Saturday, 29 August 2015

Seriously scary

On the whole I'm a responsible person. I take things seriously, I do what needs to be done, I bite the bullet. I don't procras-tinate or deny or disappear. I don't create messes for others to clear up. I don't blame my mistakes on other people. I don't say "That's someone else's job".

I keep things ticking over. I get the car repaired. I go to the doctor. I pay the bills. I keep the house insured. I do the food-shopping. I don't sprawl on the sofa all day, slurping beer and watching reality TV.

I'm good at all that small-scale responsibility, looking after myself and my partner, keeping the household going. What I'm not good at, what totally terrifies me, is any large-scale responsibility - anything that involves not just me but large numbers of other people. I run from that as fast as I can. I'm sure it would end in colossal disaster.

I could never have been an airline pilot, or a hospital administrator, or a train driver, or a roller-coaster operator, or the manager of a vast public stadium. The stress of knowing I was personally responsible for the safety of hundreds or thousands of ordinary folk would make me a nervous wreck in weeks.

Even being responsible for a large number of staff - a shop or office manager, say - would freak me out. Knowing they depended on me for their income and job satisfaction. Knowing I depended on them to turn up, to do their jobs properly, to not rob the till or insult the customers. I had opportunities to be a bookshop manager but I always resisted them, preferring to be a humble but contented employee.

So yes, I'm good at responsibility chez nous. Good at oiling squeaky doors and unblocking sinks. But responsibility for hundreds of trusting, vulnerable human beings - that's seriously scary.

24 comments:

tammy j said...

oh i so agree! well... at least for myself where it's concerned.
thank goodness there ARE people who become qualified to fly us through the air or cut open our bodies to heal us if necessary ...
people who quite literally hold our lives in their hands.
i used to be in middle management in state government.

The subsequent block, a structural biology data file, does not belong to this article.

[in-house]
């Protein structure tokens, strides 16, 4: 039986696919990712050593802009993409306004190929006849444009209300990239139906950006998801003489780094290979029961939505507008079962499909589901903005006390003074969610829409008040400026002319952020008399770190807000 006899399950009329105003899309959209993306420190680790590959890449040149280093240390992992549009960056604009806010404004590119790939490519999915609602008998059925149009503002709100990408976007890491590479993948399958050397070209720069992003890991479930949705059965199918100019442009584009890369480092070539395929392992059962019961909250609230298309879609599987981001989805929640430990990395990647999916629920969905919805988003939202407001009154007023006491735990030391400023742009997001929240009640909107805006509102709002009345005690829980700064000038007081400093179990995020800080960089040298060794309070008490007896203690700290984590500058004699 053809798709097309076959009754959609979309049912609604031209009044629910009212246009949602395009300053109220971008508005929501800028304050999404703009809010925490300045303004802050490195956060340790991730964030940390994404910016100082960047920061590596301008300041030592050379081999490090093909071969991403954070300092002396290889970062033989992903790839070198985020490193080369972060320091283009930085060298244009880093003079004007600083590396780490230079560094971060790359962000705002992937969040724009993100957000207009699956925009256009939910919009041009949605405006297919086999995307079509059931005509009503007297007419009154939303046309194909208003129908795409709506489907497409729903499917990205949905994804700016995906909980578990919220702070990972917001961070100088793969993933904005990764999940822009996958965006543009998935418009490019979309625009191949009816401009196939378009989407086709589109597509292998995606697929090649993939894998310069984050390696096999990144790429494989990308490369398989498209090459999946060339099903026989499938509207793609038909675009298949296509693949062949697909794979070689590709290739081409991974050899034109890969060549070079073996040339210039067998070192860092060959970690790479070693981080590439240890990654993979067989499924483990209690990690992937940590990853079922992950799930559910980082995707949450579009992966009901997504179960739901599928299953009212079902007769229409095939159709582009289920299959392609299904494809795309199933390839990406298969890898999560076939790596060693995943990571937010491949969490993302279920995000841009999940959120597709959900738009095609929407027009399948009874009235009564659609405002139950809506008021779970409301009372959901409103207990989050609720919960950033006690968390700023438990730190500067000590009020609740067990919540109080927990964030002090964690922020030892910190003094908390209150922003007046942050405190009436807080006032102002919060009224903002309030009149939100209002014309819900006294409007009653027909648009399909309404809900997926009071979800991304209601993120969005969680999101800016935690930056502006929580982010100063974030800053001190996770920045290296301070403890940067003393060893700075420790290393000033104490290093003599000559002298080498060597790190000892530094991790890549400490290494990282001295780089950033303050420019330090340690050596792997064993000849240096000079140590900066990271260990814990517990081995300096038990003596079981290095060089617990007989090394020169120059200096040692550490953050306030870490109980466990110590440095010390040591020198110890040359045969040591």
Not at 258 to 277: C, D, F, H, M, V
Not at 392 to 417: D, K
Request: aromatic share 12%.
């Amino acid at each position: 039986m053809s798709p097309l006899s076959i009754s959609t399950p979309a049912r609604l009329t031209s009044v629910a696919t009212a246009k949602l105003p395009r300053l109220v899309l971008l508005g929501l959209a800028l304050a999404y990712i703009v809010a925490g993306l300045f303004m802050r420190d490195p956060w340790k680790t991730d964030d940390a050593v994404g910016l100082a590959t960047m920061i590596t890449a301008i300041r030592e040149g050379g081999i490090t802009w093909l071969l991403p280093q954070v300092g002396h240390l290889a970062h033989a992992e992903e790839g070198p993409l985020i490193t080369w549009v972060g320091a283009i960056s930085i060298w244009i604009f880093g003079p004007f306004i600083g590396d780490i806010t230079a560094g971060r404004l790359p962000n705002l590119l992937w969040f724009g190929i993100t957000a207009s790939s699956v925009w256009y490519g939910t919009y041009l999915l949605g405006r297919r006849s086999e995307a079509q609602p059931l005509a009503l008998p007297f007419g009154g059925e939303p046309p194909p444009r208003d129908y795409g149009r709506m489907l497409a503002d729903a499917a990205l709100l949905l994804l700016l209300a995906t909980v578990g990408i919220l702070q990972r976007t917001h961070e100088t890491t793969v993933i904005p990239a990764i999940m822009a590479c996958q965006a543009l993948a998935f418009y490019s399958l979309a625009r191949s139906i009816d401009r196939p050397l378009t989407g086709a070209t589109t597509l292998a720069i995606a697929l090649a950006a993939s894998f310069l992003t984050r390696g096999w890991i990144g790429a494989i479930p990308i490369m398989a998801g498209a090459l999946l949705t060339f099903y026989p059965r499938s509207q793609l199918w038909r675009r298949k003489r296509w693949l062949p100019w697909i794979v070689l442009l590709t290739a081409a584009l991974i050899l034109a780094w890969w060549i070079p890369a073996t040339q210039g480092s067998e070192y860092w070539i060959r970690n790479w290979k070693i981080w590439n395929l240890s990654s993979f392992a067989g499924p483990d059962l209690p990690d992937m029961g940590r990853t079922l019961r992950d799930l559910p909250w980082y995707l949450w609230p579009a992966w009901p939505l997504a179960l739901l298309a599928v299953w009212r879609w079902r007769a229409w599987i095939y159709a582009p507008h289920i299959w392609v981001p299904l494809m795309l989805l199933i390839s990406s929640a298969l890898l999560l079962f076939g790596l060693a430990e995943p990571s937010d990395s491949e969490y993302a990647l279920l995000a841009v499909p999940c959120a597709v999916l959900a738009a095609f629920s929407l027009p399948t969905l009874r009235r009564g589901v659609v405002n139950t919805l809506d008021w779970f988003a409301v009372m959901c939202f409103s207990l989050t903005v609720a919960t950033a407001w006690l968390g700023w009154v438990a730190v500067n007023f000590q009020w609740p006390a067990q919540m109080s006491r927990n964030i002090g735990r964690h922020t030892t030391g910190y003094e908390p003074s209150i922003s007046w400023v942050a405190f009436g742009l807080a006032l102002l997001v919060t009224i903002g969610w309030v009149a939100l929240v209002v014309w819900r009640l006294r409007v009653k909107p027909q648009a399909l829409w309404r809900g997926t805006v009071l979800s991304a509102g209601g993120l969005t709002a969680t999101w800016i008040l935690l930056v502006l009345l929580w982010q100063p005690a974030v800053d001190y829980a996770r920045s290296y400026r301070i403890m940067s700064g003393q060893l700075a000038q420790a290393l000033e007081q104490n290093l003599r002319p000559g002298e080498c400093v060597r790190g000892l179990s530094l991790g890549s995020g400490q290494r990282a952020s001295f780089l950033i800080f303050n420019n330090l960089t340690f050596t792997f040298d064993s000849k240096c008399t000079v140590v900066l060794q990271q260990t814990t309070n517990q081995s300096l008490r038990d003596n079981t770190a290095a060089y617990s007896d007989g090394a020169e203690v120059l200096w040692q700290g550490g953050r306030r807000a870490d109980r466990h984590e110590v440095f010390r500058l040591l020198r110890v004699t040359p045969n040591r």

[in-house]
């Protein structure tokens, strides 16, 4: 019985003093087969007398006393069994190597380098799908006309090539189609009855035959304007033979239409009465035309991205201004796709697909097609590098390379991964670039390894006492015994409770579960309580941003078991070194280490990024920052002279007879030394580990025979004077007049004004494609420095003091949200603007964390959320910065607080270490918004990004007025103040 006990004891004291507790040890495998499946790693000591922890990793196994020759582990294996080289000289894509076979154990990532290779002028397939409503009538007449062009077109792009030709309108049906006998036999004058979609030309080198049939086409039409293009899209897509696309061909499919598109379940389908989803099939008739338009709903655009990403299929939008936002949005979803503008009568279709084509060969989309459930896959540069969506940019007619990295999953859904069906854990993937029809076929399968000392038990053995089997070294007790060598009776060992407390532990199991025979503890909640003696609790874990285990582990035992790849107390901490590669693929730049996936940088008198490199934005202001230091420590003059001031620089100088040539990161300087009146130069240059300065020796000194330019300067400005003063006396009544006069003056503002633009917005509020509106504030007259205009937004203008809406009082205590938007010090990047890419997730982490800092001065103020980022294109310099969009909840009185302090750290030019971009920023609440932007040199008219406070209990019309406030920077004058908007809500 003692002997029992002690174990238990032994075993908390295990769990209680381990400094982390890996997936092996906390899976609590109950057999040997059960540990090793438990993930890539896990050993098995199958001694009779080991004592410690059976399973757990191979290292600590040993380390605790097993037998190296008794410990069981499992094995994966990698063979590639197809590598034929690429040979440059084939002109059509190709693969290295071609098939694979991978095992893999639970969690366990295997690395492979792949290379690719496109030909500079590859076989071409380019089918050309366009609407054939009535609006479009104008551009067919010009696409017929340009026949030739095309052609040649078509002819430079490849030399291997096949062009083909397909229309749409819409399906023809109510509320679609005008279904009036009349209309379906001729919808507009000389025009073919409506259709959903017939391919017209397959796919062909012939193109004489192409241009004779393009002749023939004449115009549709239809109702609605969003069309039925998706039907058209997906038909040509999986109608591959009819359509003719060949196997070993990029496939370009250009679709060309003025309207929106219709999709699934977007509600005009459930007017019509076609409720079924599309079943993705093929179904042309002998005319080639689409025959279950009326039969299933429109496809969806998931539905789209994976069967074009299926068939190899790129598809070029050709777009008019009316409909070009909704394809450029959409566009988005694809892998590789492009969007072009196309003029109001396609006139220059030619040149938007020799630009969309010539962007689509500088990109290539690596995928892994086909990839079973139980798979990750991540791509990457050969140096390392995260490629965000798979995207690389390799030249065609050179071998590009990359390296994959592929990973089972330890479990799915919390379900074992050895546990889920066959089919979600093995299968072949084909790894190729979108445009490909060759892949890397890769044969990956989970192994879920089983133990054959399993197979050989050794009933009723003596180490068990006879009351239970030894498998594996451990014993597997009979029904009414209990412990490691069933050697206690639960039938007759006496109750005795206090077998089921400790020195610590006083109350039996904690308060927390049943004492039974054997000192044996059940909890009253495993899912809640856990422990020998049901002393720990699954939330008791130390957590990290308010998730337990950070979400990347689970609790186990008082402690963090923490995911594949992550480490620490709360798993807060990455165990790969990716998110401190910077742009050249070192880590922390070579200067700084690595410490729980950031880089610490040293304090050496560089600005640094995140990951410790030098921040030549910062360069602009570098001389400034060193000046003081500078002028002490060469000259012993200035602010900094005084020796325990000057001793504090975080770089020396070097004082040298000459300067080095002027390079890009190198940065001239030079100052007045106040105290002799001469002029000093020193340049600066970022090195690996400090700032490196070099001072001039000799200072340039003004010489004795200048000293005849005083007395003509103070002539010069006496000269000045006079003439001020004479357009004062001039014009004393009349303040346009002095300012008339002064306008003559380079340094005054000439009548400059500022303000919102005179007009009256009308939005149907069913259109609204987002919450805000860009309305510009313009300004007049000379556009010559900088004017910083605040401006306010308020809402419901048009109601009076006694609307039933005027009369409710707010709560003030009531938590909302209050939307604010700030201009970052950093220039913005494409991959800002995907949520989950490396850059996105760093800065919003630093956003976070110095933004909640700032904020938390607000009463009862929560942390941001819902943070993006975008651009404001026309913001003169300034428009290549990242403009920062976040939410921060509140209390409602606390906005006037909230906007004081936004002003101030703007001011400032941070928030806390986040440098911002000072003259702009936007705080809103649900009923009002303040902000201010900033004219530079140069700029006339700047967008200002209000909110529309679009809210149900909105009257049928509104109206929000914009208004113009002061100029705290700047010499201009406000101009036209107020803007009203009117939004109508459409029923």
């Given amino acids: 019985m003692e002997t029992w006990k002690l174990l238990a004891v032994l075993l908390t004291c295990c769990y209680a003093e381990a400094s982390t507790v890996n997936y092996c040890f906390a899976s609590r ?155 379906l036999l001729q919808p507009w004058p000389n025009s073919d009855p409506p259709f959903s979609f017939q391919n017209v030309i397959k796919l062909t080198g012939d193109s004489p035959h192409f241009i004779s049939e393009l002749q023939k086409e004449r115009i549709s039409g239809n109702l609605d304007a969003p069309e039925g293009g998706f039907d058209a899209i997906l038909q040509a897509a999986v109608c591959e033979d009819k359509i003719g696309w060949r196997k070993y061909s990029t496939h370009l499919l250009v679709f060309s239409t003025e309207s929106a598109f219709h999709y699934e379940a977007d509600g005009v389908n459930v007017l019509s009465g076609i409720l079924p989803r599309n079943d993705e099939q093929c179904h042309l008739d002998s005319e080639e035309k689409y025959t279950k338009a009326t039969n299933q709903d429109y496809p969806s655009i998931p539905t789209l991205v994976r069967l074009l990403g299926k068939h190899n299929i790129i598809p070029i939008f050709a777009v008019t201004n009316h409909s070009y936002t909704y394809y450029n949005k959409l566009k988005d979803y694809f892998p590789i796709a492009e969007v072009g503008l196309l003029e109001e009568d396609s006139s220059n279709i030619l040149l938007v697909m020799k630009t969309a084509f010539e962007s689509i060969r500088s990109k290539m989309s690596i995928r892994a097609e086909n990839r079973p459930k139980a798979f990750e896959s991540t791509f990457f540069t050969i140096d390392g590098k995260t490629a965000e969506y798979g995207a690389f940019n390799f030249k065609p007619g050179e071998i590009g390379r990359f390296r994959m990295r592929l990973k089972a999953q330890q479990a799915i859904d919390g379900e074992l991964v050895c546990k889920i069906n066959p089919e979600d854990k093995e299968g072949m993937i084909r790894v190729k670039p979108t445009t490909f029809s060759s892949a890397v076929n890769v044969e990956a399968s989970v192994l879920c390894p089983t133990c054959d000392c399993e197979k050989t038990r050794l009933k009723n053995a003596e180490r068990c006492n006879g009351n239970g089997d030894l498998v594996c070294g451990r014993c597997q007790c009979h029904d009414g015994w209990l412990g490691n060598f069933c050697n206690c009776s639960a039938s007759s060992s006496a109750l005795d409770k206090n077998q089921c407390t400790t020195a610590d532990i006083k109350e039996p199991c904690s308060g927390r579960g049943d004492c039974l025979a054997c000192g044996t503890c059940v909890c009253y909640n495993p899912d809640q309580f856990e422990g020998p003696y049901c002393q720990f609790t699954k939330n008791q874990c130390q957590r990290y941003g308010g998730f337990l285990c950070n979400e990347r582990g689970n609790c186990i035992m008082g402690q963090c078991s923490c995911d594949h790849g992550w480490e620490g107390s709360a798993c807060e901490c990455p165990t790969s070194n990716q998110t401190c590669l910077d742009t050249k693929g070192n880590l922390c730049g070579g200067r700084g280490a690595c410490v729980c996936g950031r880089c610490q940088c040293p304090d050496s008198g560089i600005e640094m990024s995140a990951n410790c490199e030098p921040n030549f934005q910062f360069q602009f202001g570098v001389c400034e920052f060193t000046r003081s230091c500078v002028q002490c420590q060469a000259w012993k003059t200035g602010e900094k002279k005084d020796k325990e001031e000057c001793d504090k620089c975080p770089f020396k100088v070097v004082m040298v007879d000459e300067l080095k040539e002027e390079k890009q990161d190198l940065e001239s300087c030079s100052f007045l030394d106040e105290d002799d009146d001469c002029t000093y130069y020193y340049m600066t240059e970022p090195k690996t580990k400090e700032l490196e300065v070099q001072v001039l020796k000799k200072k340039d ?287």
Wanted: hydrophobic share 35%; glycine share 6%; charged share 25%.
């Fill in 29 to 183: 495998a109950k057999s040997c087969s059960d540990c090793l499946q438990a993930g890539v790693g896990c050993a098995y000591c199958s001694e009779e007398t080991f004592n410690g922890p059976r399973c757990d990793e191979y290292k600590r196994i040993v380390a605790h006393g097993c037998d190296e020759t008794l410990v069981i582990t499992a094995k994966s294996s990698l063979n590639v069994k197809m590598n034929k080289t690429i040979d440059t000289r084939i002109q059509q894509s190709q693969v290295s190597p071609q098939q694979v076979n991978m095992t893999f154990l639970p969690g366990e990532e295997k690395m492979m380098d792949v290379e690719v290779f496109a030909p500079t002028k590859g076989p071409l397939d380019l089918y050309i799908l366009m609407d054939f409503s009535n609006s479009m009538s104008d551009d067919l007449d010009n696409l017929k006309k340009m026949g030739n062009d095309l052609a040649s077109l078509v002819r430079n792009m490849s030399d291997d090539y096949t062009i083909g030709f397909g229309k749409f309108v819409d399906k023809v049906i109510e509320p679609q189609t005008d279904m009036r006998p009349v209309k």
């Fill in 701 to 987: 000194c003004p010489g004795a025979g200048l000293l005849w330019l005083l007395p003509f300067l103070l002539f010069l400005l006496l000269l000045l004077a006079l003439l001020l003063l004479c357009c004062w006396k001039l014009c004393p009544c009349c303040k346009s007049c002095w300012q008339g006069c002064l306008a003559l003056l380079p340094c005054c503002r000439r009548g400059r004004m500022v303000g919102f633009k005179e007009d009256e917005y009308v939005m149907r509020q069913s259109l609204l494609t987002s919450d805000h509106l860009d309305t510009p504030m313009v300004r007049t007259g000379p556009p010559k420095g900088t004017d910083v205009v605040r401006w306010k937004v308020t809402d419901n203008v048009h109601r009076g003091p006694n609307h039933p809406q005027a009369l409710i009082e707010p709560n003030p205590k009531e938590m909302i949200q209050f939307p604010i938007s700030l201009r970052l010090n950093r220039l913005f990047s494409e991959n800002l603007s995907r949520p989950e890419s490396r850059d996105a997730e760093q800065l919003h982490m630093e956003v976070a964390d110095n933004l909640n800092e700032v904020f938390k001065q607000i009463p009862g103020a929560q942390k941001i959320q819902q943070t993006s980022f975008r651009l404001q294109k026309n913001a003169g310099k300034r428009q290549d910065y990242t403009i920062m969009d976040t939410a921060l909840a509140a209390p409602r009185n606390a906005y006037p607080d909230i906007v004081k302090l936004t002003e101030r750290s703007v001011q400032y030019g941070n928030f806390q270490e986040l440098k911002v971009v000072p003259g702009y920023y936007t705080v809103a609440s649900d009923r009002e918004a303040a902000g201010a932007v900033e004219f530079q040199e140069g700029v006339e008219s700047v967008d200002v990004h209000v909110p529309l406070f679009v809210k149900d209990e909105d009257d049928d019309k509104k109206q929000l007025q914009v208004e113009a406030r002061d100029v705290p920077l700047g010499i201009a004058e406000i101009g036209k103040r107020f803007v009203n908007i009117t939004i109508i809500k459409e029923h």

i only had about 8 employees but each one had to be approached differently. especially regarding changes that were necessary.
talk about a course in psychology! and it's very wearing.
i retired early with malignant hypertension. and i'm quite sure it's because i probably should have remained a contented employee and turned down the offer of management! i enjoyed most parts of it... but the stress didn't make for a balance. and if someone did something wrong... I was the one in hot water. since they were my responsibility. i'm so happy to be retired!
and p.s. thanks so much for the costa rico link on past post.

Nick said...

Tammy: I hear so many tales of middle management and how stressful it is - pressure from bosses above you and pressures from employees below you. I'm not surprised you developed a hypertension problem. You're right about each employee needing a different approach because they all have their own quirks and hang-ups. Not much fun unless you're truly a person person, as they say!

Mike said...

I agree, as well. Twice I applied for a supervisory position -- and both times I was absolutely relieved that I didn't get the job. For a time, I ran a project with 4 contractors working for me. That actually went well, but they were all great employees, with no issues.

As an instructor, I've had a great career and have even been able to continue it as a contractor after retiring. Some of my greatest stresses have been when I actually had responsibility for the individuals in the training program I was running. Fortunately, that only lasted for a short time.

Coworkers that started in the same time period as I back in the late 70s have moved on to very lofty positions making amazing amounts of money. While I am sometimes quite envious of what they've done, I'm pretty sure that I would have been miserable at times if I had attempted to go down the path they did and would probably have crashed and burned along the way. The thing that would have bothered me the most would have been making decisions that might have an adverse impact on others and dealing with the employees that had issues.

Nick said...

Mike: Indeed, making decisions with an adverse effect on others. I can't imagine how I would announce a wave of redundancies, or the company going bust, or a pay freeze, or whatever. It would be agonising.

You were lucky when you were running the project that your employees were all good, steady workers. Just one obstructive, awkward character can be hell to deal with.

Bijoux said...

Really? That's an interesting combination of jobs. I would never think to group any of those together! I guess the only career in your group that I wouldn't want would be the airline pilot, but that would be more about my own personal safety than worry about others! LOL. Otherwise, I don't mind being large and in charge, as they say.

Nick said...

Bijoux: I grouped them together because they all involve the safety of hundreds of people. But it sounds like you'd be quite confident of your ability to keep people safe. I'm impressed!

Ursula said...

With that one post, if not those previous, you have just nailed yourself. To be fair, at least you know your limitations.